Will we soon elect the next Senator from Wal-Mart? That is the fear of many after the Supreme Court handed down a game changing decision in Citizens United v. Federal Election Commission today. The ruling was called a doctrinal, political and practical "earthquake" by the New York Times.
In the inevitable 5-4 split, the Supreme Court overturned most limits on campaign spending by corporations. Whether it is considered a victory for the first amendment or a disaster for democracy of near biblical proportions, the decision that overturned two Supreme Court precedents and gutted the Bipartisan Campaign Reform Act of 2002 (more often known as the McCain-Feingold law), will change how voters see campaigns, political ads, even candidates. The ruling leaves in place a prohibition on direct contributions to candidates from corporations and unions.
Today's ruling stemmed from a decision by a lower court upholding restrictions on Citizens United, a conservative political group, wishing to air their film Hillary: The Movie, during the 2008 Democratic primaries. The court found the "movie" to essentially be a 90 minute campaign ad and limited its showing venues, as well as prohibiting broadcast within 30 days before the election, as required by McCain-Feingold.
At (very, very) bottom, the issue the Court decided today is this: do the laws such as McCain-Feingold (and many state statutes) unconstitutionally prohibit free speech with their limits on how much money can be spent by corporations on campaign contributions? The majority opinion of the Supreme Court, written by Justice Kennedy, and joined by Chief Justice Roberts, Justices Scalia, Alito and Thomas (dissenting in part) said in part, "Distinguishing wealthy individuals from corporations... does not suffice to allow laws prohibiting speech... . All speakers, including individuals and the media, use money amassed from the economic marketplace to fund their speech, and the First Amendment protects the resulting speech."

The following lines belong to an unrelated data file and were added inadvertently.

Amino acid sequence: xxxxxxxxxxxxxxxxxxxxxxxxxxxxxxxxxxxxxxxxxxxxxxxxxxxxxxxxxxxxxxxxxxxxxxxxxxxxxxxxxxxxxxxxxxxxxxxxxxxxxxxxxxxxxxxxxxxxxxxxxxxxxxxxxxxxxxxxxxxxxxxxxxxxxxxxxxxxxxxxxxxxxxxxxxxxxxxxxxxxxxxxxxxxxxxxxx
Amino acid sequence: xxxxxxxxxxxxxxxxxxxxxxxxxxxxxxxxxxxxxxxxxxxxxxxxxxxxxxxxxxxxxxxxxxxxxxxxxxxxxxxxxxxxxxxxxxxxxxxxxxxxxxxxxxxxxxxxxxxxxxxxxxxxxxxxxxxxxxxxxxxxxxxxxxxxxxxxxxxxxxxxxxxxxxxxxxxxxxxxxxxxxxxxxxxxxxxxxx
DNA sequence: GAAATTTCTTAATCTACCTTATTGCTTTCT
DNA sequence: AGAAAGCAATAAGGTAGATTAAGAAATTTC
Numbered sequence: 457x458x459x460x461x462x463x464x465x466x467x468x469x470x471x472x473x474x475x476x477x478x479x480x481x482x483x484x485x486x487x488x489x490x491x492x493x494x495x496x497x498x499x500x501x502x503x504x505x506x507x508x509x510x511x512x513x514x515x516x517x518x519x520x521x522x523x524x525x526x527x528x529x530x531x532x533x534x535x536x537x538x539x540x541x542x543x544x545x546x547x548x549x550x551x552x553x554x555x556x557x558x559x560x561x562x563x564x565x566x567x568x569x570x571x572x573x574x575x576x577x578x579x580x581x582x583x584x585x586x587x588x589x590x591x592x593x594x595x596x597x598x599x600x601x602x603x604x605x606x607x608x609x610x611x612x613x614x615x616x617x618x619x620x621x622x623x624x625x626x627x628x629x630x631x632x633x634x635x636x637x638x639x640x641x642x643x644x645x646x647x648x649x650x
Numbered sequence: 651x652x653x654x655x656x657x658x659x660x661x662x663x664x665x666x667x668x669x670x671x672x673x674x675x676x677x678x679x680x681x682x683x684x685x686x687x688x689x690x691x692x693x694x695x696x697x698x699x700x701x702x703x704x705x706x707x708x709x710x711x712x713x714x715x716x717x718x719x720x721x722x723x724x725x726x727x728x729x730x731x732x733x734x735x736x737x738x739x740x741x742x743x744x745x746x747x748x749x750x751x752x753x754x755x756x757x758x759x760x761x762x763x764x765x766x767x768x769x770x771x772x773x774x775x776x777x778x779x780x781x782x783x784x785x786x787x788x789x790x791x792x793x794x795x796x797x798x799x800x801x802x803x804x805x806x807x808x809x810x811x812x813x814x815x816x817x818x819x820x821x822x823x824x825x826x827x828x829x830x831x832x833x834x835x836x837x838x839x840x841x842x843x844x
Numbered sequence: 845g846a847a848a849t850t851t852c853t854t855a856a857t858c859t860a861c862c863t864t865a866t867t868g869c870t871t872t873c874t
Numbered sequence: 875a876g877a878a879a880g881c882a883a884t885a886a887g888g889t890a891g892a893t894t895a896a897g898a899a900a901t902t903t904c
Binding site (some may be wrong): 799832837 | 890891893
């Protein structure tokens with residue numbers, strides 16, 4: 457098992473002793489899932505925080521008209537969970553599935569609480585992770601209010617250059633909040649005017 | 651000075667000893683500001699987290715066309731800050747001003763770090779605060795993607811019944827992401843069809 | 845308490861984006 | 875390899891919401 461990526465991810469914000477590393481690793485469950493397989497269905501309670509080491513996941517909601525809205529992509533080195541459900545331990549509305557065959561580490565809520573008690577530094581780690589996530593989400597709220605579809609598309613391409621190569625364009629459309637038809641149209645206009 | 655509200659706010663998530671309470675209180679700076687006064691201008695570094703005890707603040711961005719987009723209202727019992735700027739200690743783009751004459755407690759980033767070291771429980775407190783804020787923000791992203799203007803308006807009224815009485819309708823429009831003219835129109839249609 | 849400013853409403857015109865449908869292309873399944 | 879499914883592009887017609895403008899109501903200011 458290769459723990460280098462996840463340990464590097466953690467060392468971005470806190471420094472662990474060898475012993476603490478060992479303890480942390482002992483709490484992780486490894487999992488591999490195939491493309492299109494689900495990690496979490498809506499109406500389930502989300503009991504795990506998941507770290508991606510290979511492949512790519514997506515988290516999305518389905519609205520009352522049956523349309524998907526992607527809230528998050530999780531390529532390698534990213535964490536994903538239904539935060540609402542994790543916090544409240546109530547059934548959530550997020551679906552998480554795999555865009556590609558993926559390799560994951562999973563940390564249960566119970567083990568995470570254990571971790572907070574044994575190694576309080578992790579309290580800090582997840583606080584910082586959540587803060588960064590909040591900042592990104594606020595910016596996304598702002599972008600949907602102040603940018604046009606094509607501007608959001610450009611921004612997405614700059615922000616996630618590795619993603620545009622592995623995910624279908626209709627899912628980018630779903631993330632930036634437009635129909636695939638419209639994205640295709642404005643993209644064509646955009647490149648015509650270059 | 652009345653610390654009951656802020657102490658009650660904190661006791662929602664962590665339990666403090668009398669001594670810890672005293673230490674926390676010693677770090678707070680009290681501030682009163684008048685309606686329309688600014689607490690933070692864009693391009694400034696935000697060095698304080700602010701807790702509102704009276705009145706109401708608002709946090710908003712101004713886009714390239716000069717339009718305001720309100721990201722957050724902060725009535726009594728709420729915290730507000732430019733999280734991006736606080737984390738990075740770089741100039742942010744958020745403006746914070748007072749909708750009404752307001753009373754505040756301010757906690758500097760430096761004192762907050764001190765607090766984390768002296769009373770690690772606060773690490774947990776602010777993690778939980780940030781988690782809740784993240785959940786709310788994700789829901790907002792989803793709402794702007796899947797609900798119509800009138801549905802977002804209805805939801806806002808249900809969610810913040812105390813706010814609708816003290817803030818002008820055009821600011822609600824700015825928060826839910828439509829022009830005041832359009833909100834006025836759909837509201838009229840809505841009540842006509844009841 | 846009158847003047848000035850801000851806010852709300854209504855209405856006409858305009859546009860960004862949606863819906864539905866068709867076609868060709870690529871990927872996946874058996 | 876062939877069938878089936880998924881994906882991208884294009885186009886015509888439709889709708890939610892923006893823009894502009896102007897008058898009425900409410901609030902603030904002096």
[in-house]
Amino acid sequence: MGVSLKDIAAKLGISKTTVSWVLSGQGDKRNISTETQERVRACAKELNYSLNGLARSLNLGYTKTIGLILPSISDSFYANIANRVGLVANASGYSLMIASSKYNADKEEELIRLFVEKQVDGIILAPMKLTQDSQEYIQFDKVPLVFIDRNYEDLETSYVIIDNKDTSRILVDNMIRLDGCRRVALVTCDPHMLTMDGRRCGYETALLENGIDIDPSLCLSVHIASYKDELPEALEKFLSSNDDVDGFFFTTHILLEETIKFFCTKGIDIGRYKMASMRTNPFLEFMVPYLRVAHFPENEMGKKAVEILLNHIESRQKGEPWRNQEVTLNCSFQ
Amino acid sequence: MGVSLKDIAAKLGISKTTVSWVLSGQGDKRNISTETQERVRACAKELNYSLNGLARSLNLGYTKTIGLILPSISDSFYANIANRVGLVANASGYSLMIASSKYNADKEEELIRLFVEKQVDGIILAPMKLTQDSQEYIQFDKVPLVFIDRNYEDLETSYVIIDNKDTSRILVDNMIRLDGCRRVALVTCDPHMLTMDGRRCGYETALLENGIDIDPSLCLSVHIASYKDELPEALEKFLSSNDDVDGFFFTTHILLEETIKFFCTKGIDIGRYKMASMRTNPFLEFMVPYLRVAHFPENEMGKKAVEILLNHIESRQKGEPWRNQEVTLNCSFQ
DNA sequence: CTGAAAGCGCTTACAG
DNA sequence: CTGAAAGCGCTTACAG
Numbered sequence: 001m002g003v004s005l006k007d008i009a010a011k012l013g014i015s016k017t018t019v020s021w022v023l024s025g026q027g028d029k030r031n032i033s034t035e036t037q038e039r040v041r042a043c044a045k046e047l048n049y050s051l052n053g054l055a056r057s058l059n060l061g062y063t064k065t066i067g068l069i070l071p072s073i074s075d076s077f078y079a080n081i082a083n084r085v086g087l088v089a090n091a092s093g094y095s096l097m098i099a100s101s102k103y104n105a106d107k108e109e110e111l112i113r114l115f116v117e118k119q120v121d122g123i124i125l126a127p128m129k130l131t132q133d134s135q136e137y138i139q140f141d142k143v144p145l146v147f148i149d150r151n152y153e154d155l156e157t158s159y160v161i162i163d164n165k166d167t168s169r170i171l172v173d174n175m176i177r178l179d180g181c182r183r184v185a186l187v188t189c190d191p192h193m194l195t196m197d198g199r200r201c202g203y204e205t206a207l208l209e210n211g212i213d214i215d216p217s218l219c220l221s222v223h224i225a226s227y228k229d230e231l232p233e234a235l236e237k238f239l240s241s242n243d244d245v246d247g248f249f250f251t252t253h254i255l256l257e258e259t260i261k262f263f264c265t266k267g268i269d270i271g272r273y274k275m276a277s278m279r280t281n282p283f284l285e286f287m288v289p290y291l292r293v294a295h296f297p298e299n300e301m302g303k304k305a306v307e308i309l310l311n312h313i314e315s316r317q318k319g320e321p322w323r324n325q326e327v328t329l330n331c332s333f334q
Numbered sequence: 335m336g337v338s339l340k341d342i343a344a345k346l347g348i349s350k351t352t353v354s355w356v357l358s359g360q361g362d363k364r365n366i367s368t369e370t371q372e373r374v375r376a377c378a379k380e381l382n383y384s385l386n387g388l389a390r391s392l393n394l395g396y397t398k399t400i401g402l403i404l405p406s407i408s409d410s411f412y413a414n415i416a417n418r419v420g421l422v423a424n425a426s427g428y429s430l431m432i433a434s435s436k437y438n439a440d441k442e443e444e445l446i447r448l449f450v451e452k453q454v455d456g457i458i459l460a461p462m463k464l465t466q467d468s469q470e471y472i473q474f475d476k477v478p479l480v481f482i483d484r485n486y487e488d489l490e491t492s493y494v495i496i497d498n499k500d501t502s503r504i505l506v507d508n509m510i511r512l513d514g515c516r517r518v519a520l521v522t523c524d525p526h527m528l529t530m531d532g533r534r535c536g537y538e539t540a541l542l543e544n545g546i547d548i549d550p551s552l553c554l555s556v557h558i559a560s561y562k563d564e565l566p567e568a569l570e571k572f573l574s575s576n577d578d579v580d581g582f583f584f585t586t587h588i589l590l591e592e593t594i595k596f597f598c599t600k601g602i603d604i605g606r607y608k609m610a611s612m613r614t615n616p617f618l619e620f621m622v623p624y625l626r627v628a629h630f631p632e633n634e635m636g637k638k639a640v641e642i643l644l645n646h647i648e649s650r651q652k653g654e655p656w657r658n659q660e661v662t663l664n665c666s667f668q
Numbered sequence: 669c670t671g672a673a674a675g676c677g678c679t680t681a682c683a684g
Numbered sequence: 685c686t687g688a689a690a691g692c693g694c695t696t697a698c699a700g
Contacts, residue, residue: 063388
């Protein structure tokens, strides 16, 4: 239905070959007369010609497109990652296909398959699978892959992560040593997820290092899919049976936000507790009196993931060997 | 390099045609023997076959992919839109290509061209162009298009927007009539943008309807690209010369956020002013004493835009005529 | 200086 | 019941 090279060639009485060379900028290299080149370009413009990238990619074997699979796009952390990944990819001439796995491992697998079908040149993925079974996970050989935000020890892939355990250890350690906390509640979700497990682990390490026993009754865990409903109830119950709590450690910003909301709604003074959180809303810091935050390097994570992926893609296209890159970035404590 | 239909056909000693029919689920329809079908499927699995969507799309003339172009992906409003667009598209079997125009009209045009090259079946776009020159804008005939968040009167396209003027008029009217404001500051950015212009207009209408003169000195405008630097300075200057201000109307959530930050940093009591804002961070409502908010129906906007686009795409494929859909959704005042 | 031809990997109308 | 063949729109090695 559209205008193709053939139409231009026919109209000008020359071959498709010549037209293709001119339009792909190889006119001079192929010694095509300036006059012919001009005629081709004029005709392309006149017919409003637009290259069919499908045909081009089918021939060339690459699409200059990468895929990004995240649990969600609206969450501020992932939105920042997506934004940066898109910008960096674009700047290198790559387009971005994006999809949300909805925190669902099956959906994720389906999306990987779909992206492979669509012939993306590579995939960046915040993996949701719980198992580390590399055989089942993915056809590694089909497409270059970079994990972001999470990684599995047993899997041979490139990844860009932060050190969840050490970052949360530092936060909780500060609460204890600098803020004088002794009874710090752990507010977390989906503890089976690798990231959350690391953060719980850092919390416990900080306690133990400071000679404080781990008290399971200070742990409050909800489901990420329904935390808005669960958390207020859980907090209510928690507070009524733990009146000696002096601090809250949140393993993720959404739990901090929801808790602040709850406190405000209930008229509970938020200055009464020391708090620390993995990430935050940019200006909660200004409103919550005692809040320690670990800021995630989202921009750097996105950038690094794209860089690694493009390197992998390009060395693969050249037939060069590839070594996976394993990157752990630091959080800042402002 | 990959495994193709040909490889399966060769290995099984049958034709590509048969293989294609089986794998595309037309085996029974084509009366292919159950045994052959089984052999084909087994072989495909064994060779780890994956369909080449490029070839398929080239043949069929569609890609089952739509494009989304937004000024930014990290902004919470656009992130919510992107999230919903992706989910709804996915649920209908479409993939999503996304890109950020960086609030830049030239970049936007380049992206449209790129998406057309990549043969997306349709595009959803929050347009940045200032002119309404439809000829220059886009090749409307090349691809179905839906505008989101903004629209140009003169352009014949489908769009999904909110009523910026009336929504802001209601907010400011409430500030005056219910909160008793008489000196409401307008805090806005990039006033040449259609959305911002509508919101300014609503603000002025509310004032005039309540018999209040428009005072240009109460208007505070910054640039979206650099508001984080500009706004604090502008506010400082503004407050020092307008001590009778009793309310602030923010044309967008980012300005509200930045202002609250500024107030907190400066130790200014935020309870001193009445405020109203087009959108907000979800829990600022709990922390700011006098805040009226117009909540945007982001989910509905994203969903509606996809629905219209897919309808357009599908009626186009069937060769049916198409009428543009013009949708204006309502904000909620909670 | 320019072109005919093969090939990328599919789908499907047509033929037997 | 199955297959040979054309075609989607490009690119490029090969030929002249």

Justice Stevens, joined by Justices Ginsberg, Sotomayor and Breyer dissented, finding that the majority made an error in treating corporate speech the same as that of human beings.
The Washington Post reports today that the decision's most immediate effect is that it will permit corporate and union-sponsored political ads to run right up to the moment of an election, and to allow them to call for the election or defeat of a candidate.
Two additional limits on corporate spending remain standing: a disclosure requirement and a disclaimer requirement. A corporation spending more than $10,000 a year on election ads must disclose to the FEC names of anyone giving $1,000 or more to the ad's preparation or distribution. Any ad that is not authorized by a candidate or political committee must contain a disclaimer listing who is responsible for the ad and its content.
The most descriptive comment to appear so far today on the decision can can be found in the Washington Post. "It's the Super Bowl of bad decisions," said Common Cause president Bob Edgar, a former congressman from Pennsylvania.
To see a comprehensive round up of thoughts reported by the Washington Post on this decision, including comments from President Obama and Senator Russ Feingold, click here.